Policy brief

The euro area's tightrope walk: debt and competitiveness in Italy and Spain

Competitiveness adjustment in struggling southern euro-area members requires persistently lower inflation than in major trading partners, but low

Publishing date
02 September 2013
Authors
Zsolt Darvas

Competitiveness adjustment in struggling southern euro-area members requires persistently lower inflation than in major trading partners, but low inflation worsens public debt sustainability. When average euro-area inflation undershoots the two percent target, the conflict between intra-euro relative price adjustment and debt sustainability is more severe.

In our baseline scenario, the projected public debt ratio reduction in Italy and Spain is too slow and does not meet the European fiscal rule. Debt projections are very sensitive to underlying assumptions and even small negative deviations from GDP growth, inflation and budget surplus assumptions can easily result in a runaway debt trajectory.

The case for a greater than five percent of GDP primary budget surplus is very weak. Beyond vitally important structural reforms, the top priority is to ensure that euro area inflation does not undershoot the two percent target, which requires national policy actions and more accommodative monetary policy. The latter would weaken the euro exchange rate, thereby facilitating further intra-euro adjustment. More effective policies are needed to foster growth. But if all else fails, the European Central Bank’s Outright Monetary Transactions could reduce borrowing costs.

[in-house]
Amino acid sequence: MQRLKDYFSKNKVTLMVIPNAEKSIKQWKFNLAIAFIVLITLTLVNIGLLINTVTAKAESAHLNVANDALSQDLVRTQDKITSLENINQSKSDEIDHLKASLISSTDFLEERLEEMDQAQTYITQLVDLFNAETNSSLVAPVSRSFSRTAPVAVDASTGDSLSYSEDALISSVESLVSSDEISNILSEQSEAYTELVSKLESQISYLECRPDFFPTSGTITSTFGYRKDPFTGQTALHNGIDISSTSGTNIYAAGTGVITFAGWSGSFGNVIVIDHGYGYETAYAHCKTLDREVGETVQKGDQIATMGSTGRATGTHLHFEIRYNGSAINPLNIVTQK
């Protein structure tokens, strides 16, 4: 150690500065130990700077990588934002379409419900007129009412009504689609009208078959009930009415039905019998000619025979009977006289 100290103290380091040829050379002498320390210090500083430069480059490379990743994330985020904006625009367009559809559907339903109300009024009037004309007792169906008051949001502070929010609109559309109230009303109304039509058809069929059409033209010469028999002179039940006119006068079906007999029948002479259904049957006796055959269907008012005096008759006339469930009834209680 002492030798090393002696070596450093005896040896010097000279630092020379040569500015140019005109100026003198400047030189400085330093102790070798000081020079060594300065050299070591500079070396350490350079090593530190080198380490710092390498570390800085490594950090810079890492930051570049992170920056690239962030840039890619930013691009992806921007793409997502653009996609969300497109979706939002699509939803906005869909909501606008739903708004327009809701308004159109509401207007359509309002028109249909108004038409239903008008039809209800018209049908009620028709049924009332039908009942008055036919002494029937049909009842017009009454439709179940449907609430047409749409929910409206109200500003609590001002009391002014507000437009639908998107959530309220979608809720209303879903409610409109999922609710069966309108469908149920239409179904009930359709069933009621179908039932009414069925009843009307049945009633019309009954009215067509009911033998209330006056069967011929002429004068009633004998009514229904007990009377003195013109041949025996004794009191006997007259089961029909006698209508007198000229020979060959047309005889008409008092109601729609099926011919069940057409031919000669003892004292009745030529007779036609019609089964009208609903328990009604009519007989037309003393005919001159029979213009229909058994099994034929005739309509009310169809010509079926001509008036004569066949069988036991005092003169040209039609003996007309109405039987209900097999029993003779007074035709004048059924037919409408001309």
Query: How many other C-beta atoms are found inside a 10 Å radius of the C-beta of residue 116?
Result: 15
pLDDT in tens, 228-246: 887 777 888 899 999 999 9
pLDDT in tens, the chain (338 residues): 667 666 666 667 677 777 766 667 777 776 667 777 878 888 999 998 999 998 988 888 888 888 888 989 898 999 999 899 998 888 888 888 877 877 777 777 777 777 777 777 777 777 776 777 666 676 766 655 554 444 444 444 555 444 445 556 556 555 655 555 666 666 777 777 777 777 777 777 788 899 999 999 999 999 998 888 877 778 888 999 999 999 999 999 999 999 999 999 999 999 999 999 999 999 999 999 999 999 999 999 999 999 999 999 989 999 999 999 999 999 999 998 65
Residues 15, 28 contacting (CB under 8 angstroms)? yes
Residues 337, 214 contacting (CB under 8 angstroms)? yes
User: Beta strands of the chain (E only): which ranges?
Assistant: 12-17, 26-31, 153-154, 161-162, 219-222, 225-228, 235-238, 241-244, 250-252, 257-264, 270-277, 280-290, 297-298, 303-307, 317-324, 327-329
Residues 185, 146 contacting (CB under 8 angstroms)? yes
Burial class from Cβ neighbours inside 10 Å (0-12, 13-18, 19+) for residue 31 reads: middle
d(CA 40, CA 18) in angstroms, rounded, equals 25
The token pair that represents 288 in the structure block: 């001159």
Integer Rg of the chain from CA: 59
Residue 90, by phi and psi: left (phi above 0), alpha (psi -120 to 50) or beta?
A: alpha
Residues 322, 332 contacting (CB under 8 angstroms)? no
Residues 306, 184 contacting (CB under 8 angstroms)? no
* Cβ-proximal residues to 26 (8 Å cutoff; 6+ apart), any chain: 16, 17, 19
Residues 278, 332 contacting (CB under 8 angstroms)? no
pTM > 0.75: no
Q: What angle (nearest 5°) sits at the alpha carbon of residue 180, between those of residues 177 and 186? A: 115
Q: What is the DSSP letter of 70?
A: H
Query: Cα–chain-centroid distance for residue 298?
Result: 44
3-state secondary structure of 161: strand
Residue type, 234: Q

About the authors

  • Zsolt Darvas

    Zsolt Darvas, a Hungarian citizen, joined Bruegel as a Visiting Fellow in September 2008 and continued his work at Bruegel as a Research Fellow from January 2009, before being appointed Senior Fellow from September 2013. He is also a Senior Research Fellow at the Corvinus University of Budapest.

    From 2005 to 2008, he was the Research Advisor of the Argenta Financial Research Group in Budapest. Before that, he worked at the research unit of the Central Bank of Hungary (1994-2005) where he served as Deputy Head.

    Zsolt holds a Ph.D. in Economics from Corvinus University of Budapest where he teaches courses in Econometrics but also at other institutions since 1994. His research interests include macroeconomics, international economics, central banking and time series analysis.

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